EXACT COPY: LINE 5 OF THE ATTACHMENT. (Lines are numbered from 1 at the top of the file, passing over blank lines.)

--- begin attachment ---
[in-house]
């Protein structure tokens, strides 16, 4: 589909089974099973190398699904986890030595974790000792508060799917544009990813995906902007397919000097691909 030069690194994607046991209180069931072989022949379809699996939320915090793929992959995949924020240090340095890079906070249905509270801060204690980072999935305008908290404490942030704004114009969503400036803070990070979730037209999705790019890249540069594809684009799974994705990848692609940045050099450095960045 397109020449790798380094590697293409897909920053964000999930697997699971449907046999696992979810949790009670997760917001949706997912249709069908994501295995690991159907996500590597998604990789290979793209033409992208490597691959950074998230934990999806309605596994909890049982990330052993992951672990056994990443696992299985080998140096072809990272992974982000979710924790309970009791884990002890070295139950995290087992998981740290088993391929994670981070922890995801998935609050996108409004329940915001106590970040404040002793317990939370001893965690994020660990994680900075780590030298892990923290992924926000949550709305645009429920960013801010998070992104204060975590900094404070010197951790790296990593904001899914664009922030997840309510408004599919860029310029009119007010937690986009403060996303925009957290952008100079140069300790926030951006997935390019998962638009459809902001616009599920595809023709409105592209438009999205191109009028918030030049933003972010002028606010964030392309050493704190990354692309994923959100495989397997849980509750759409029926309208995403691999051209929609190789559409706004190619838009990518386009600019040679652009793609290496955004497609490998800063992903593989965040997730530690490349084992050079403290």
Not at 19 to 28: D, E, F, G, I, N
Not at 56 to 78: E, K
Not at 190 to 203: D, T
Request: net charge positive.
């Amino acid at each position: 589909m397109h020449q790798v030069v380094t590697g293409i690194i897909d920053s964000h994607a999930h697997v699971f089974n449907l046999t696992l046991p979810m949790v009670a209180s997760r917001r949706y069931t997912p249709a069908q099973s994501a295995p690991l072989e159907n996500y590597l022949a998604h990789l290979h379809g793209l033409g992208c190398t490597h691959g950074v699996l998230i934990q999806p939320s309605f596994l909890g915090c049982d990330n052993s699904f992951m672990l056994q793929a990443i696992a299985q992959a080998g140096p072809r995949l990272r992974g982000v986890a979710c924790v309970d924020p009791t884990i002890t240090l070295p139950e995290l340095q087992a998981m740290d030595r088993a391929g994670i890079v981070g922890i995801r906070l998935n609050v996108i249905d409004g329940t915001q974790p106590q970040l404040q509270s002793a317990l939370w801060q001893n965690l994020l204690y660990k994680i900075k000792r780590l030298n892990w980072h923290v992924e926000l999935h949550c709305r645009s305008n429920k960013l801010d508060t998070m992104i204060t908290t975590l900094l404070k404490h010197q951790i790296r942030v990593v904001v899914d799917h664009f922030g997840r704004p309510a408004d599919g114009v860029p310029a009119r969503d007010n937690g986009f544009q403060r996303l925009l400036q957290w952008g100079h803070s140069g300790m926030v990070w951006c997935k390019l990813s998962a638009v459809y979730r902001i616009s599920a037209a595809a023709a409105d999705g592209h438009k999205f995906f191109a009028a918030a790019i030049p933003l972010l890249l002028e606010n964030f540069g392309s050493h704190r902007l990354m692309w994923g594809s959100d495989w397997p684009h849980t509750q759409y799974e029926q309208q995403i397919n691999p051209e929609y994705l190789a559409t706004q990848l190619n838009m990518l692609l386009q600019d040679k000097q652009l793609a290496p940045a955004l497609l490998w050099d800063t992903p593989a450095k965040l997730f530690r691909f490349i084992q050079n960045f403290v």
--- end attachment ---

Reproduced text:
Not at 190 to 203: D, T